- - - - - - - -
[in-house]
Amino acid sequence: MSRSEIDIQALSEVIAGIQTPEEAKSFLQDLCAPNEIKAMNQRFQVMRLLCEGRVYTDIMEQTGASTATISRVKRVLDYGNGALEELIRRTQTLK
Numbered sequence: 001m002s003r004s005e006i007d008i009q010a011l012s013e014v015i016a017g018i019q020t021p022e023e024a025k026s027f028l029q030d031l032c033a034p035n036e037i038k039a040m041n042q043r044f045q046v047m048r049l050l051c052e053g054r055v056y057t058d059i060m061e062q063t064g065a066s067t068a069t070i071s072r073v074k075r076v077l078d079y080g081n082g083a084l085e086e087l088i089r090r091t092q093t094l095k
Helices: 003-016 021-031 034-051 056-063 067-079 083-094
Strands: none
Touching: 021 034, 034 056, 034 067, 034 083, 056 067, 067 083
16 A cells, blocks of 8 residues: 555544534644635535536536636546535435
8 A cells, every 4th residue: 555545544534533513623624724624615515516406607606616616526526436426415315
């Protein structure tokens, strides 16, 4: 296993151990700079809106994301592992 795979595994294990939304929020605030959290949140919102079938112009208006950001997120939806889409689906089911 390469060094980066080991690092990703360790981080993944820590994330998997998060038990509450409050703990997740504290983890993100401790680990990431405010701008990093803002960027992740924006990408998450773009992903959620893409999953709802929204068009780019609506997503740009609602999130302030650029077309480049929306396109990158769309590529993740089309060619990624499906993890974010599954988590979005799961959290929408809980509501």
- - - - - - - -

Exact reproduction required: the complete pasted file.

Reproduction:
[in-house]
Amino acid sequence: MSRSEIDIQALSEVIAGIQTPEEAKSFLQDLCAPNEIKAMNQRFQVMRLLCEGRVYTDIMEQTGASTATISRVKRVLDYGNGALEELIRRTQTLK
Numbered sequence: 001m002s003r004s005e006i007d008i009q010a011l012s013e014v015i016a017g018i019q020t021p022e023e024a025k026s027f028l029q030d031l032c033a034p035n036e037i038k039a040m041n042q043r044f045q046v047m048r049l050l051c052e053g054r055v056y057t058d059i060m061e062q063t064g065a066s067t068a069t070i071s072r073v074k075r076v077l078d079y080g081n082g083a084l085e086e087l088i089r090r091t092q093t094l095k
Helices: 003-016 021-031 034-051 056-063 067-079 083-094
Strands: none
Touching: 021 034, 034 056, 034 067, 034 083, 056 067, 067 083
16 A cells, blocks of 8 residues: 555544534644635535536536636546535435
8 A cells, every 4th residue: 555545544534533513623624724624615515516406607606616616526526436426415315
């Protein structure tokens, strides 16, 4: 296993151990700079809106994301592992 795979595994294990939304929020605030959290949140919102079938112009208006950001997120939806889409689906089911 390469060094980066080991690092990703360790981080993944820590994330998997998060038990509450409050703990997740504290983890993100401790680990990431405010701008990093803002960027992740924006990408998450773009992903959620893409999953709802929204068009780019609506997503740009609602999130302030650029077309480049929306396109990158769309590529993740089309060619990624499906993890974010599954988590979005799961959290929408809980509501």